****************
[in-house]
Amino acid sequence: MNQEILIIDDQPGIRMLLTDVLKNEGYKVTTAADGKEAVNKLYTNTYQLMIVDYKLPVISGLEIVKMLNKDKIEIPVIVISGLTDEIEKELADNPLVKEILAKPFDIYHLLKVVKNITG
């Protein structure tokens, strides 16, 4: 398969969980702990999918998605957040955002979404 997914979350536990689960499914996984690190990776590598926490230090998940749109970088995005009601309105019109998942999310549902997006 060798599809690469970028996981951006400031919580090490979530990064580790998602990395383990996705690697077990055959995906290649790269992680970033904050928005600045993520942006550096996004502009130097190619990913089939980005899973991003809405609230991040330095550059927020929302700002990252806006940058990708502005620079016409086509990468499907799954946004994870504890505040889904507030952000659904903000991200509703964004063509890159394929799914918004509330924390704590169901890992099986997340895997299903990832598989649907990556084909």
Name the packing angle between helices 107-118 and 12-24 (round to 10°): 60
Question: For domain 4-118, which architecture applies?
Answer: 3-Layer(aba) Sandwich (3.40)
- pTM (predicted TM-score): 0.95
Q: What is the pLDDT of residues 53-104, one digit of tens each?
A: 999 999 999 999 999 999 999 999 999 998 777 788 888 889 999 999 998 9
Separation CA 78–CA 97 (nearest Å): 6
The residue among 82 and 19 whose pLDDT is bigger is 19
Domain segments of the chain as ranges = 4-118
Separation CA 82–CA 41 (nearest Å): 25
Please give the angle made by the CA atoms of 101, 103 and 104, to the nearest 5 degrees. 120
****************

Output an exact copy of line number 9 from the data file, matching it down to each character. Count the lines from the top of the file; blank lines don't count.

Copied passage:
A: 999 999 999 999 999 999 999 999 999 998 777 788 888 889 999 999 998 9